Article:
Asian stocks rose, with the regional benchmark index rebounding from its biggest drop in two weeks, after a larger-than-forecast climb in a measure of U.S. manufacturing tempered concern about global growth.
Samsung Electronics Co., which will unveil a high-end Galaxy smartphone next week, advanced 3.4 percent in Seoul. Toyota Motor Corp. (7203) climbed 2.1 percent amid a rally in Japanese shares as the yen weakened against the dollar. National Australia Bank Ltd. lost 1.8 percent in Sydney after the country’s biggest lender by assets flagged a possible increase in provisions at its British operations.
The MSCI Asia Pacific Index gained 1.4 percent to 137.59 as of 8:13 p.m. in Hong Kong, extending this week’s advance to 1.7 percent. The gauge sank 1.3 percent yesterday as a preliminary reading of Chinese factory activity unexpectedly fell to a seven-month low. A U.S. manufacturing index jumped more than expected, a separate report showed yesterday.
“We are in the relatively optimistic camp on the U.S. economy,” David Cassidy, a Sydney-based strategist at UBS AG, said by phone. “Investors are positioned for an improving growth trend in the U.S. Earnings growth is getting better and that will be enough to lift the market further this year.”
Japan’s Topix index rose 2.3 percent today, while the Nikkei 225 Stock Average rallied 2.9 percent. Minutes from the Bank of Japan’s Jan. 22 policy meeting showed some board members said the central bank should provide a clearer explanation that an expected decline in second-quarter domestic growth was factored into its outlook.
The yen fell as much as 0.3 percent against the dollar today, boosting exporters’ shares. Toyota added 2.1 percent to 5,982 yen, and Honda Motor Co. gained 1.3 percent to 3,699 yen. Nikon Corp. rose 2.1 percent to 1,843 yen.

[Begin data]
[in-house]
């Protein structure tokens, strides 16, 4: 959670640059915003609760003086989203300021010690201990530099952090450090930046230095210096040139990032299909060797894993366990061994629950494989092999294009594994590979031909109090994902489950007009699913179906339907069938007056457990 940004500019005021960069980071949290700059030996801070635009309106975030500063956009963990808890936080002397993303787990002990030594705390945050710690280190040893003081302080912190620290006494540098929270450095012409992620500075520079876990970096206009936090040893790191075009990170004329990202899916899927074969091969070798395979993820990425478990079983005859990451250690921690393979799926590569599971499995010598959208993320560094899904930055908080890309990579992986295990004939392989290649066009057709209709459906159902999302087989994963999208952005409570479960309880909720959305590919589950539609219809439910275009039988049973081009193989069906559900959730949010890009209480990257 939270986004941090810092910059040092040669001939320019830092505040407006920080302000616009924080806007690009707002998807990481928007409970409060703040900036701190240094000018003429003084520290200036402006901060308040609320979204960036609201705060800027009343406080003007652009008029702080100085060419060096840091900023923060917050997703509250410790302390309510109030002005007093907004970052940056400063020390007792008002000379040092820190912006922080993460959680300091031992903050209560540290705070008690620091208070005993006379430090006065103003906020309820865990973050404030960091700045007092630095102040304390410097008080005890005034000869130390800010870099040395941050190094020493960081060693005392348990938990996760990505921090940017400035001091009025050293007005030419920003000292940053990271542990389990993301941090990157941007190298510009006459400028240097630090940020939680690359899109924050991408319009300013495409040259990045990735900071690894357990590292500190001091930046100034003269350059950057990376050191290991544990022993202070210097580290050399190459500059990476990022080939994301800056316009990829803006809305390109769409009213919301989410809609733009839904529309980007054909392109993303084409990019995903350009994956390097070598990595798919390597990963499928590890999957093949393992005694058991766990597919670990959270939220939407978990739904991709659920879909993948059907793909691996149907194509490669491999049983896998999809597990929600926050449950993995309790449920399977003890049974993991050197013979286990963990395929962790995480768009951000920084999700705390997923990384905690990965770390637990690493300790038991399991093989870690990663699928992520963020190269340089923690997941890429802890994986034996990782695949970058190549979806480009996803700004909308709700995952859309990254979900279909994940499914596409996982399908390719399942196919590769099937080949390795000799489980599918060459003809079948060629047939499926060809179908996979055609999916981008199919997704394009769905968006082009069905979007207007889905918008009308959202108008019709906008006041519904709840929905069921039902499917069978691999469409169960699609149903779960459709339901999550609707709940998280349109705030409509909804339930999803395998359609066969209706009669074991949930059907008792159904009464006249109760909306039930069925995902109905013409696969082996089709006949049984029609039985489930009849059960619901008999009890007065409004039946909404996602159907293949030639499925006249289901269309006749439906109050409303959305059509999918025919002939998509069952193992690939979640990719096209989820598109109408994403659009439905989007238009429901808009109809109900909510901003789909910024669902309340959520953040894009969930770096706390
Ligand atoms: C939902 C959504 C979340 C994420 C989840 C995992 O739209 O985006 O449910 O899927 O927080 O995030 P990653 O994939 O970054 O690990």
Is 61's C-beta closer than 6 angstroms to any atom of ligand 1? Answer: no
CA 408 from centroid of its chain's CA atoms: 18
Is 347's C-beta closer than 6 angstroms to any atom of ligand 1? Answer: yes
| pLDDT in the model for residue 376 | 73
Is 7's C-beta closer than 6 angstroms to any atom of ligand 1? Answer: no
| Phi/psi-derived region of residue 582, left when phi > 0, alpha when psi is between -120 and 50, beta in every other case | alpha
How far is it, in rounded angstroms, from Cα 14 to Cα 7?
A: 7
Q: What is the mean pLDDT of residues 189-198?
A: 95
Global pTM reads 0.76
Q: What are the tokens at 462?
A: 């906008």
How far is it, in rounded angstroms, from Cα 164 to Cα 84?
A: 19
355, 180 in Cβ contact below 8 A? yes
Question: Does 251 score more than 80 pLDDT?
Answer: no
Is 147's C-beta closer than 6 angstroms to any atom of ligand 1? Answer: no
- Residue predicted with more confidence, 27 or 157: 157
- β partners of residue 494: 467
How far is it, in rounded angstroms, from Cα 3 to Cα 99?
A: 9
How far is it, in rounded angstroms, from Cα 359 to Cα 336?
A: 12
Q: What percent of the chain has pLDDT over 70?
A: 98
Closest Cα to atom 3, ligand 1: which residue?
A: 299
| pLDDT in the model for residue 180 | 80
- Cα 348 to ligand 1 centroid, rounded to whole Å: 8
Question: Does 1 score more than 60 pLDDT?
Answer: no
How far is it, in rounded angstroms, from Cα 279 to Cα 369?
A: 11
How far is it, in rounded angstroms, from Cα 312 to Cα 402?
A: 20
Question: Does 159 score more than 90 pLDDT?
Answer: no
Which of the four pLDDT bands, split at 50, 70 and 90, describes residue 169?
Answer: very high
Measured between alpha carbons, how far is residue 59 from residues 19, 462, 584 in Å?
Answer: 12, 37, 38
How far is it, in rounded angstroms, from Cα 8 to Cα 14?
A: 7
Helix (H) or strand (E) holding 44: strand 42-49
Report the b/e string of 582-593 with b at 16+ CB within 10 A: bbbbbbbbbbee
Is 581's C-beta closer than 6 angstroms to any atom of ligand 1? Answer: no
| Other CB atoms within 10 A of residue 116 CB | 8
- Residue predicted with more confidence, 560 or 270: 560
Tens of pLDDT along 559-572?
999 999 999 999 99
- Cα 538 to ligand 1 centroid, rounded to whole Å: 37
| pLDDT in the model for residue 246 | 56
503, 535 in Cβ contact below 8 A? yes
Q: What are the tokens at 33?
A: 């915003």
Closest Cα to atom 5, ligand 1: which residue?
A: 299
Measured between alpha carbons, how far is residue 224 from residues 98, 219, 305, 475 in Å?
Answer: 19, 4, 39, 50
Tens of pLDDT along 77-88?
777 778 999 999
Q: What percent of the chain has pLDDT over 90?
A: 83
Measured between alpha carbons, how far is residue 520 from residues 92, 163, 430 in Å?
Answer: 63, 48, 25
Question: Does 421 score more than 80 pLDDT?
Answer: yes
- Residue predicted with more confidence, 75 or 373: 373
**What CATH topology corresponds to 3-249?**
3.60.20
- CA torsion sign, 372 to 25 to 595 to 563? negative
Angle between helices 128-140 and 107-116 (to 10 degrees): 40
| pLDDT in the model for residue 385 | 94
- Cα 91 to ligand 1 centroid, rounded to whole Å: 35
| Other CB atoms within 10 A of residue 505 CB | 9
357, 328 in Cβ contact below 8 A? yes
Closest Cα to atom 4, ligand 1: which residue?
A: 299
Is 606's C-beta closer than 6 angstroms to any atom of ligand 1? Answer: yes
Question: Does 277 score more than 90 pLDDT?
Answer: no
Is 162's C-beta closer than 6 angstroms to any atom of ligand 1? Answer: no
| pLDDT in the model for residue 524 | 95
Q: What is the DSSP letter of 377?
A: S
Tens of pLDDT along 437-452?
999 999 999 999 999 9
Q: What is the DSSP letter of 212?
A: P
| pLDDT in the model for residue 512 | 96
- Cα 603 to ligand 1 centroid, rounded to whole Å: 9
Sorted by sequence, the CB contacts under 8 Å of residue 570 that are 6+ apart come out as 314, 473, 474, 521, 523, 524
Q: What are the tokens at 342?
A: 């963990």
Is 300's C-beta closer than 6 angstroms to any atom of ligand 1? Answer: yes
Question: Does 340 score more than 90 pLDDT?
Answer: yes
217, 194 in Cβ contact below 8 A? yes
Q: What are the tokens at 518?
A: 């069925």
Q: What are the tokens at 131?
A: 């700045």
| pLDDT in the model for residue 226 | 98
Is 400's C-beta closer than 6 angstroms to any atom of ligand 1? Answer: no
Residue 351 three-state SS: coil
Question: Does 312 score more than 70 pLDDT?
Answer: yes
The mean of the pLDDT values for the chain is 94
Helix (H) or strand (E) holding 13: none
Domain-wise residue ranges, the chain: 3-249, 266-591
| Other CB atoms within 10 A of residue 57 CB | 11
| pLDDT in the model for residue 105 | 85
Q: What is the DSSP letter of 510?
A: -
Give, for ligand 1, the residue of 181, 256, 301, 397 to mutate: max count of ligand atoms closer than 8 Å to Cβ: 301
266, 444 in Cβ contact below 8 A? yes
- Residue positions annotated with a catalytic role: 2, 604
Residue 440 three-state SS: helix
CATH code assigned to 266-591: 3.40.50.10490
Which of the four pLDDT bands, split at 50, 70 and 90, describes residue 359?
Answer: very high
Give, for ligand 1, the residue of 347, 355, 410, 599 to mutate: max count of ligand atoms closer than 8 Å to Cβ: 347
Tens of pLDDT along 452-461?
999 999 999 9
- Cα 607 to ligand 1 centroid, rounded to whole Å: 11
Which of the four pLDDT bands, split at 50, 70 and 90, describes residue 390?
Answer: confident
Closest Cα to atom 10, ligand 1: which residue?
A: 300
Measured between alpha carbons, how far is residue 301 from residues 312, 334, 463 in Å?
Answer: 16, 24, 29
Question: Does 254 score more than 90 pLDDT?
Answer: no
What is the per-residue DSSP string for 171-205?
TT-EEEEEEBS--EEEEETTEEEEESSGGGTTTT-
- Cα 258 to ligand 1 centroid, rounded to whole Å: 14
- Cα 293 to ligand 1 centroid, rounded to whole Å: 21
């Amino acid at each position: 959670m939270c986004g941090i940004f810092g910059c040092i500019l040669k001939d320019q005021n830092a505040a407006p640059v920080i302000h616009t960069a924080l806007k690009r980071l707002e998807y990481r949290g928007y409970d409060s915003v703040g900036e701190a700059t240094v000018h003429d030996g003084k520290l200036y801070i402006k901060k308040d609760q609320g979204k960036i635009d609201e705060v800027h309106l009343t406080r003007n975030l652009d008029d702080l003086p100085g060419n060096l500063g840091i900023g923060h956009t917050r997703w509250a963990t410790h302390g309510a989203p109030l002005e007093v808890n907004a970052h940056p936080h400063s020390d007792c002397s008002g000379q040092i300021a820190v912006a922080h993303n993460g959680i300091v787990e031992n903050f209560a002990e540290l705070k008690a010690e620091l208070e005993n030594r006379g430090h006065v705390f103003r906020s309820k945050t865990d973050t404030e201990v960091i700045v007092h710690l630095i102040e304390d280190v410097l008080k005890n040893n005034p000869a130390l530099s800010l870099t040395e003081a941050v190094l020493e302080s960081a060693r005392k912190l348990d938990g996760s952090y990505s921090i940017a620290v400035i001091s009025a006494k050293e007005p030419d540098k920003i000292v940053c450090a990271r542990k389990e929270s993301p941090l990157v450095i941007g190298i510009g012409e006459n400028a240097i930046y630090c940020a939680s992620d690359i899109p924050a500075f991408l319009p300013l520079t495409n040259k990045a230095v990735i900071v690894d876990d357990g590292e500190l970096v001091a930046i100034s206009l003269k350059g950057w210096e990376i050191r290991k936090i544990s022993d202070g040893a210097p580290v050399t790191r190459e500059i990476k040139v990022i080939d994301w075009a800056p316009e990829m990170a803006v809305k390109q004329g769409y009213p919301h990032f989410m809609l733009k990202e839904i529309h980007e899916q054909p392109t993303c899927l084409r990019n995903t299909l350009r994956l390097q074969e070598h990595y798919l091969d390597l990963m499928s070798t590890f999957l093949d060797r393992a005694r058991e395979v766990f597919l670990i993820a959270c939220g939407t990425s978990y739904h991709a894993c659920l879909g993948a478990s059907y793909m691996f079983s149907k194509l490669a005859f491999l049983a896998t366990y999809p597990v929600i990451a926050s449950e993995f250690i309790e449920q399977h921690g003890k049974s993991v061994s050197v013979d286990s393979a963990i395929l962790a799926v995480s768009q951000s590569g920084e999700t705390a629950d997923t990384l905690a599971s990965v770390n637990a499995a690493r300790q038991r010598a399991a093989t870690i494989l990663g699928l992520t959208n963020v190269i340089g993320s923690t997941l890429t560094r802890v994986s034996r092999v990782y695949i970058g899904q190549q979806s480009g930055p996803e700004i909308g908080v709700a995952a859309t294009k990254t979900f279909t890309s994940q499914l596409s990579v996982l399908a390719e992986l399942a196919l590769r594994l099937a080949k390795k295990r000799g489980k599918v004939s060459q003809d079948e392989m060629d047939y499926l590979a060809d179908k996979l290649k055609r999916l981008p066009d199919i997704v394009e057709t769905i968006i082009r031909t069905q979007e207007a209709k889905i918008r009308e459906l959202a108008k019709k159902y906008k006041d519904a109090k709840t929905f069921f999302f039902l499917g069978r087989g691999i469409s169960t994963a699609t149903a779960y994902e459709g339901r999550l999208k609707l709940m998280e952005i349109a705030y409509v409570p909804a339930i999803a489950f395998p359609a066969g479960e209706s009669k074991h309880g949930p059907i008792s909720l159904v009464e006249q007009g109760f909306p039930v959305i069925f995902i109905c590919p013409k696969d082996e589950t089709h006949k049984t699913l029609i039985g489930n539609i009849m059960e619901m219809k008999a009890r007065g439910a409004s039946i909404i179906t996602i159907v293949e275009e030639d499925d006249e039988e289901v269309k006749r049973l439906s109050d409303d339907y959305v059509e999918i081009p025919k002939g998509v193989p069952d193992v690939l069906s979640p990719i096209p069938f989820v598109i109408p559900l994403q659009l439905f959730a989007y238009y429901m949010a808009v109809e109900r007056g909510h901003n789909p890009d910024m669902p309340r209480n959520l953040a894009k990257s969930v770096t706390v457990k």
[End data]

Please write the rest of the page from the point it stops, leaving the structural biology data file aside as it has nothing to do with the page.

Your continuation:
South Korea’s Kospi index advanced 1.4 percent as Samsung climbed 3.4 percent to 1.33 million won. Singapore’s Straits Times Index added 0.4 percent, while Taiwan’s Taiex Index rose 0.9 percent. Australia’s S&P/ASX 200 Index gained 0.5 percent, while New Zealand’s NZX 50 Index increased 0.4 percent. Hong Kong’s Hang Seng Index (HSI) climbed 0.8 percent, and China’s Shanghai Composite slid 1.2 percent.
The MSCI Asia Pacific Index fell 4 percent this year through yesterday. It traded yesterday at 12.7 times the estimated earnings of its constituent companies, compared with 15.6 for the Standard & Poor’s 500 Index and 14.4 for the Stoxx Europe 600 Index, according to data compiled by Bloomberg.
Of the 375 companies on the Asia-Pacific measure that have reported results since the start of the year, and for which Bloomberg compiles estimates, 53 percent have topped forecasts, according to data compiled by Bloomberg.
Futures on the S&P 500 advanced 0.2 percent today. The measure gained 0.6 percent yesterday after the Markit Economics preliminary index of U.S. factory activity increased to 56.7 in February, and data showed fewer applications for unemployment benefits last week. Facebook Inc.’s $19 billion purchase of messaging service WhatsApp Inc. fueled optimism about deals.
The Conference Board’s index of U.S. leading indicators, a gauge of the outlook for the next three to six months, rose in January in line with estimates.
Group of 20 finance ministers meet in Sydney this weekend, with U.S. stimulus cuts and political turmoil from Ukraine to Venezuela stoking concern over emerging-market volatility.
Investors have been dismissing lower-than-forecast U.S. economic data over the past two weeks, pointing to harsh winter weather as a reason for unexpected weakness in reports from housing to hiring. The Bloomberg ECO U.S. Surprise Index, which measures how much recent data has beaten or missed economists’ estimates, fell to minus 0.423 yesterday, the lowest since September 2011.
Federal Reserve Chair Janet Yellen last week said the economy has strengthened enough to withstand continued cuts to monetary stimulus, adding that only a notable change in the outlook for the economy would prompt the central bank to slow the pace of tapering.
Crown Resorts Ltd. sank 3.2 percent to A$16.68. The gaming company controlled by billionaire James Packer posted first-half profit that missed analyst estimates as earnings from its Macau venture failed to offset weaker domestic spending.
National Australia Bank slid 1.8 percent to A$34.54. Provisions for some tailored business loans and compensation to U.K. customers for wrongly sold payment-protection insurance may rise, the Melbourne-based lender said in a statement today.
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